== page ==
Jack French Kemp was an American politician and a collegiate and professional football player. A Republican, he served as Housing Secretary in the administration of President George H. W. Bush from 1989 to 1993, having previously served nine terms as a congressman for Western New York’s 31st congressional district from 1971 to 1989. He was the Republican Party’s nominee for Vice President in the 1996 election, where he was the running mate of presidential nominee Bob Dole. Kemp had previously contended for the presidential nomination in the 1988 Republican primaries.
Before entering politics, Kemp was a professional quarterback for 13 years. He played briefly in the National Football League (NFL) and the Canadian Football League (CFL), but became a star in the American Football League (AFL).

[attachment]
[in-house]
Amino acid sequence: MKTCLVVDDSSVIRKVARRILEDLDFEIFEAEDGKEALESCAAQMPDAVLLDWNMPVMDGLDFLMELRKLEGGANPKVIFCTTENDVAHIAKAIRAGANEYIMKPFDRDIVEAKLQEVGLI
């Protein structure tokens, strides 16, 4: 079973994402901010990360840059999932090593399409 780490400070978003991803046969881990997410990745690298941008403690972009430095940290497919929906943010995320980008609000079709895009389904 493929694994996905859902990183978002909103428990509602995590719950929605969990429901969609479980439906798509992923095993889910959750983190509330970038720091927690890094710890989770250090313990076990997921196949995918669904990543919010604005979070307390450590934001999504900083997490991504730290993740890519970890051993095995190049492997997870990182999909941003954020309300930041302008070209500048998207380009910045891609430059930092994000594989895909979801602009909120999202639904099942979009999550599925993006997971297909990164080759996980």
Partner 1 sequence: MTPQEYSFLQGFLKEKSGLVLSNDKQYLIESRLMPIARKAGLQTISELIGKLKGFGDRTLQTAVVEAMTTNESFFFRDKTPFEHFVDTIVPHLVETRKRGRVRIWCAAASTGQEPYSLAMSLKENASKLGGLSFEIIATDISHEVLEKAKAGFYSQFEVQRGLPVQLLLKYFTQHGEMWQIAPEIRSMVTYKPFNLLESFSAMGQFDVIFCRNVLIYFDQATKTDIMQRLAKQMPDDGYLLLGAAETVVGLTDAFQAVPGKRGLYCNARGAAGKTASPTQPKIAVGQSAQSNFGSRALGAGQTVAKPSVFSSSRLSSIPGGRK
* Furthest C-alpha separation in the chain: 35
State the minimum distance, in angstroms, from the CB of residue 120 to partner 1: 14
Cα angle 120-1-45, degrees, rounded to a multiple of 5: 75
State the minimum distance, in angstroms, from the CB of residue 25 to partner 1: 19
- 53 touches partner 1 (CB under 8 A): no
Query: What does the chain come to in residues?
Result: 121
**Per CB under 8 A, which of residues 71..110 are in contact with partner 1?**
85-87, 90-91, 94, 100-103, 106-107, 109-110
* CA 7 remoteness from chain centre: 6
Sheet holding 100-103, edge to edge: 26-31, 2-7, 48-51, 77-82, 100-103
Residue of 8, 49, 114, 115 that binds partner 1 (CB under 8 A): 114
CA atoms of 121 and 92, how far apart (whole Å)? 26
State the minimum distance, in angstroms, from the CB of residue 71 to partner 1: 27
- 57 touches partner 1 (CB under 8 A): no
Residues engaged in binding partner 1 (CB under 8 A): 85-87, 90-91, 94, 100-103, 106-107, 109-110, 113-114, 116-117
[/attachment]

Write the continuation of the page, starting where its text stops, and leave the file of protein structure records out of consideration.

After his days in political office, Kemp remained active as a political advocate and commentator, and served on corporate and nonprofit organization boards. He also authored, co-authored, and edited several books. He promoted American football and advocated for retired professional football players. Kemp was posthumously awarded the Presidential Medal of Freedom in 2009 by President Barack Obama.
Kemp married his college sweetheart, Joanne Main, in 1958. The couple had four children, including two sons who followed in their father’s footsteps and played professional football.